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Discussion in 'Sound, Music, and Intercom' started by Charc, Aug 5, 2008.

  1. Charc

    Charc Well-Known Member

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    In my limited experience, rain sound effects just sound like static. I'm working with a community theatre (LD), and I foresee some issues with their sound. I'm sorta stepping in more on this project, giving input in areas besides lighting.

    I'm close to suggesting QLab and volunteering to do the sound design for this show... but maybe one thing at a time.

    Any suggestions on rain, thunderstorms, and how to make them sound believable, not real?

  2. DaveySimps

    DaveySimps CBMod CB Mods Premium Member

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    Performing Arts Center Manager
    Macomb, MI
    I always mix my own. I do use an extensive library of prerecorded fx, but for rain / storm effects, try layering several different types of rain fx (in addition to thunder, hail, and wind as needed). I have found this gives me more control over how the storm sounds / works with the ryhthm of the show. After you try it in a rehearsal or two, you can then combine the different "rains" into one track / cue. You still might want to keep the thunder and other layers as seperate cues so they fit into the rhythm of the show (awkwardly placed thunder might disrupt a scend instead of adding to it). Dont be afraid to play with the EQ on your prerecorded effects to see if that helps make them sound more realistic. Just my $0.02.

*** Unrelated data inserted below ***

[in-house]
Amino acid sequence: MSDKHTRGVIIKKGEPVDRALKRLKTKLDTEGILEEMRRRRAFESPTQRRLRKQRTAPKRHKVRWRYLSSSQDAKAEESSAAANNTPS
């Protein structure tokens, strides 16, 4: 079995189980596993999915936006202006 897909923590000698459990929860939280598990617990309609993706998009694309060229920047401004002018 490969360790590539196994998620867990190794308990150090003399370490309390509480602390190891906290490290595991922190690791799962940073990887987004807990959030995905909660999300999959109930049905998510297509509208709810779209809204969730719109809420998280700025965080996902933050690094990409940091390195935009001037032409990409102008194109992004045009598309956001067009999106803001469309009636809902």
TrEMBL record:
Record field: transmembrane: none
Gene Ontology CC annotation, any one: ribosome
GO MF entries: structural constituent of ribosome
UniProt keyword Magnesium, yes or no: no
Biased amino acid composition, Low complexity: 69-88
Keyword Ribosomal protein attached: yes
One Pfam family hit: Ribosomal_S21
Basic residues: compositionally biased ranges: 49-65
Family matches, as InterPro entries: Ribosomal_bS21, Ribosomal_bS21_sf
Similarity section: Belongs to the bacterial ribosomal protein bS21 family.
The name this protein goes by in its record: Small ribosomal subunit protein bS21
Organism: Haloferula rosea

3. Eboy87

    Eboy87 Well-Known Member

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    Chicago, IL
    +1 for what DaveySimps says.
  4. Hughesie

    Hughesie Well-Known Member

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    Freelance Lighting Programmer/grandMA Trainer
    Melbourne, Australia
    i bought one of those meditation cds and just use effect speakers on stage to simulate rain. it normally does the trick
  5. satriasound

    satriasound Member

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    san diego
    a lot of ambient effects sound like static, or for that matter sound like each other. (wind, rain, waves etc. can all sound very similar depending on how they're styled and where they're coming from) sometimes it's what the ambient sound is affecting that pulls it out and defines it. (in rain's case, exclusively what defines it since we don't hear rain drops falling. hehehe..)

    try asking yourself or the director what the rain is actually hitting for surfaces in addition to intensity. (rain on a tin roof vs. a wood house, the impact sound when done right will pull it out as rain and not static.) wind, are there chimes near by or leaves? something to blow in the wind. waves, are there birds somewhere...something else in the environment to show that there's water nearby (cheesy and not always necessary but they can definetly help in the right moments.)
  6. LekoBoy

    LekoBoy Active Member

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    Moralton, ST
    For a moment there, I thought I was listening to the movie, Twister.:lol:

    Now I don't know what show this is for, but possibly try for a little more subtlety next time.

    Hope this helps.

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